Of all 30 books we’ve selected for the Five Fall Favorites blog party, Tabby’s White Hyacinth has to be the one with the most unusual backstory. As we were trying to come up with a list of five holiday stories that were NOT about Christmas, we found ourselves with a tight deadline, a couple of books that might possibly have worked but which we didn’t know well—and one spot still to fill.
A little before this juncture, Chelsea happened to need something out of someone else’s Google Play folder. She loaded the page, and there, staring up at her, was a book called Tabby’s White Hyacinth; or, Easter Offerings. To this day, we have no idea how the book got there. Several different family members occasionally save books to that folder, but no one remembered where they had found this one, or why they had saved it. The publisher was familiar to me, but I am absolutely certain I never searched them on Google Books. The author was completely new to all of us.
So here is our review of the book that “just showed up”—Tabby’s White Hyacinth by a Victorian author who published under the pseudonym “Minn”.
- Title: Tabby’s White Hyacinth
- Author: Minn
- Publisher: Joseph Masters and Co.
- Genre: Vintage Children’s Fiction
- Number of Pages: 57
- Theme: Lent and Easter
- Age Range: 10-13 (see notes below)
- Source: Google Books
Tabitha Holmes came to church on Ash Wednesday for a very simple reason: it offered a little shelter from the bitter wind and a chance to warm her chilled body before heading back to her miserable home. But Tabby’s shivering figure attracts the attention of another little girl—and together they become involved in a quest to bring a special offering to church on Easter Sunday.
For those who already observe, or are thinking of observing, the season of Lent, this story gives a glimpse of many ways in which both children and adults can practice self-sacrifice—sometimes in ordinary, sometimes in unexpected, ways.
SAW Rating System
We have recently altered our reviewing system using the model of our poetry grading worksheet. For an explanation of the new system, see our introductory post.
Quality of Writing—7/10
Impact of the book—6/10
Innocence regarding evil—6/10
Active promotion of good—8/10
Level of spiritual challenge—7/10
Healthy view of life—6/10
Items of Note
Romance and morality
A poor family is represented struggling with cold and starvation.
A sickly baby’s suffering and death, as well as its family’s grief, are depicted with vividness that would be disturbing to most readers of the age for which the book is intended. The family’s struggle to afford funeral expenses rather than allow the parish to pay for the funeral plays a significant role in the plot. This story is probably best suited to readers who are old enough not to mind a fairly bittersweet ending.
Comment is made that twins are less likely to grow up than single children.
In my opinion, the author is not careful enough in her use of the Lord’s Name. It occurs in some places where we may suppose it was meant sincerely, but also in a couple of where it seems inappropriate. One of these instances makes use of the British exclamation “lor”—the fact that it is spelled without capitalization makes me wonder whether the author did not consider it a contraction of the Lord’s Name, but I still feel it offensive. I have taken this into consideration in assigning a score 6/10 for “Honouring to God” despite the fact that the rest of the story does a good job of honouring Him.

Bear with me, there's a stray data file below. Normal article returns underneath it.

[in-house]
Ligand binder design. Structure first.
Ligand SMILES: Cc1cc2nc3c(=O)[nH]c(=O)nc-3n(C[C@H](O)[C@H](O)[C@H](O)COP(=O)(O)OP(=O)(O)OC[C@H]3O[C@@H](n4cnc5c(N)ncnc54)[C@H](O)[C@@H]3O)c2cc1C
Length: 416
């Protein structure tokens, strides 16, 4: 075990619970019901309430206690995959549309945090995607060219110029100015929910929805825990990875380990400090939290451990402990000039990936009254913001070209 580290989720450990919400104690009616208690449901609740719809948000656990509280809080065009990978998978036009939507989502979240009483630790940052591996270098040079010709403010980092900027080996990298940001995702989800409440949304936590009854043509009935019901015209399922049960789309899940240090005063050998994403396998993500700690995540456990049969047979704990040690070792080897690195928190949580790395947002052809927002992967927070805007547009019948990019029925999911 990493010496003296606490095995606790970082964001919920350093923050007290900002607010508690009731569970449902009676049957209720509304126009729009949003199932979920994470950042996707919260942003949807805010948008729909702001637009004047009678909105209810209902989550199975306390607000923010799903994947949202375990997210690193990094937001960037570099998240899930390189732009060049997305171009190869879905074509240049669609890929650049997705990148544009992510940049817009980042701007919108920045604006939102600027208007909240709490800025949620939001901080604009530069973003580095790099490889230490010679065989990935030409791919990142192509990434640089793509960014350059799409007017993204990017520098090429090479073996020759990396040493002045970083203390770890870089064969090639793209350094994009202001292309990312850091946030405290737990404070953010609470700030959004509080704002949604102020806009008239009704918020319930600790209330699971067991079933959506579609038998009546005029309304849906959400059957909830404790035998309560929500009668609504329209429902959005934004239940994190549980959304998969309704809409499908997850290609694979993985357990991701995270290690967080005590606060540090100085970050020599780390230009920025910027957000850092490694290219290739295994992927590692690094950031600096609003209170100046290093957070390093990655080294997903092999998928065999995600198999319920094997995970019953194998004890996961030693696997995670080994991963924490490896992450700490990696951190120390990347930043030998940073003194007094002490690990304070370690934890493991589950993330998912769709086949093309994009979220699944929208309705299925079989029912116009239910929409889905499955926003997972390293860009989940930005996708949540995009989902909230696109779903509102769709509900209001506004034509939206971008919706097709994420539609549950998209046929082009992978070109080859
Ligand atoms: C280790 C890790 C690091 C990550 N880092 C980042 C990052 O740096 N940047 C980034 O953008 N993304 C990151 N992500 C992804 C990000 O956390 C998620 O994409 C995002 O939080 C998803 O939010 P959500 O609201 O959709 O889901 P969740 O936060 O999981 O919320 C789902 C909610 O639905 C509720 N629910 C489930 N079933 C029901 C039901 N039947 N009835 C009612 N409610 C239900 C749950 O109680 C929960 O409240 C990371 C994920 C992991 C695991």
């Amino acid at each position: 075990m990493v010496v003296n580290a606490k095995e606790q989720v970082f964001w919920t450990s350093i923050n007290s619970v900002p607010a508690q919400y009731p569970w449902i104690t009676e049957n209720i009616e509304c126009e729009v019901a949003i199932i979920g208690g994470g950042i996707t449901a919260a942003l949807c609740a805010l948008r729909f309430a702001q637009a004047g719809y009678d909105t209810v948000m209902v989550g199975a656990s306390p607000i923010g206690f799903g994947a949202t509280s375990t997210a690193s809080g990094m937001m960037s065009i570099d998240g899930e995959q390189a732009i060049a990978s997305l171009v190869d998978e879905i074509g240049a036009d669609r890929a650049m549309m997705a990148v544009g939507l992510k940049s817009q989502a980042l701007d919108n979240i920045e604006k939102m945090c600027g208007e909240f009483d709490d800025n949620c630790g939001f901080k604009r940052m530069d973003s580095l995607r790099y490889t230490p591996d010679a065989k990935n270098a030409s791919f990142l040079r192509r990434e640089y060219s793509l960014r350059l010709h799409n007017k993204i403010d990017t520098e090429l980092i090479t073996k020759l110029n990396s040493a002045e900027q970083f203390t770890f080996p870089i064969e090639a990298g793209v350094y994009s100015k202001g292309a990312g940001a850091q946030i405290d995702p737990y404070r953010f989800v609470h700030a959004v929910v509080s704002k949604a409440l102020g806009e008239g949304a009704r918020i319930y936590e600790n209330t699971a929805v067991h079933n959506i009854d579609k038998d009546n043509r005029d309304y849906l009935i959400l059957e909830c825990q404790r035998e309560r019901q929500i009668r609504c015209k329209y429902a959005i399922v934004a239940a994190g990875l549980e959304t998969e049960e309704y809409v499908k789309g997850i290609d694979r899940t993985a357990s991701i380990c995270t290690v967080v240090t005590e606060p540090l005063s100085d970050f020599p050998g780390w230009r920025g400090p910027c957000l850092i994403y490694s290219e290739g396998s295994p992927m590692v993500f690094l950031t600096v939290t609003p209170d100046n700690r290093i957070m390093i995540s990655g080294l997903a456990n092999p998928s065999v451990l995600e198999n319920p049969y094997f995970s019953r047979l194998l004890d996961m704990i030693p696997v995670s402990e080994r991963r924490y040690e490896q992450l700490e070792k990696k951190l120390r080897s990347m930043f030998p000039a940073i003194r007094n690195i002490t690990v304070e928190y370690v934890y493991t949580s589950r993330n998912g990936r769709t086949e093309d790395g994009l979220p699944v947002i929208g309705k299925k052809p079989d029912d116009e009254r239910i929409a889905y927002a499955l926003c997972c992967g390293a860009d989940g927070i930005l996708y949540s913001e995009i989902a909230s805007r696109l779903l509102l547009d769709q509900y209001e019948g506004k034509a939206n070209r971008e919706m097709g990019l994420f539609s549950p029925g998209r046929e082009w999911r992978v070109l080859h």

A little girl is described as being “accustomed to nurse babies”—meaning to care for them.
Alcohol and drug use (includes tobacco)
Brandy is given to an infant as medicine.
This story is written from a very “high” Church of England (Episcopal) perspective. The concept of fasting during Lent (including various forms of self-denial) plays a significant role in the story. Fasting is portrayed as helping one to be sorry for one’s sins and testing the sincerity of one’s repentance.
Church restoration and decoration play a role in the story.
Infant baptism is depicted as making a child an inheritor of the Kingdom of Heaven.
Comment is made that “perhaps” a dying baby heard the wish that people on earth could send a message with it to heaven, and smiled in consequence.
A poem by Longfellow is quoted, in which the both the desire for pleasure and the aspiration for something higher are attributed to “the influence of some unseen star.”
Family roles and behavior
Elder sister scolds, threatens, or otherwise manages younger children at several points in the story—largely because she is used to being responsible for their welfare. We are told she would have slapped them when they were being noisy, but refrains because it would only make them louder.
Poor woman wishes some of her children had died as babies, or that all the family was dead, because she cannot care for them all properly. When the baby eventually does die, the woman struggles with remorse for having ever said such a thing.
Child is repeatedly described in the narrative voice as being ugly.
Mature subject matter
A raffle, with a doll for a prize, tempts the heroine to spend pocket-money she has decided to save for another purpose. The heroine’s parents have no issue with her participating in a raffle, but in the end she decides to abstain, because the money is already pledged to something else.
Reading Tabby’s White Hyacinth
Tabby’s White Hyacinth is a story about self-denial. Self-denial is essentially about setting our own wishes and desires aside for the good of God and man. Sometimes that means making the offering we have picked out for ourselves. Sometimes it means setting that offering aside for the good of someone else. Tabby’s White Hyacinth is a good reminder that when we give up our own will, we present the most precious Easter tribute in our power.
For another Victorian holiday story see our review:
- Thanksgiving: What Makes It Special—Book Review
- Hetty’s Thanksgiving—Book Review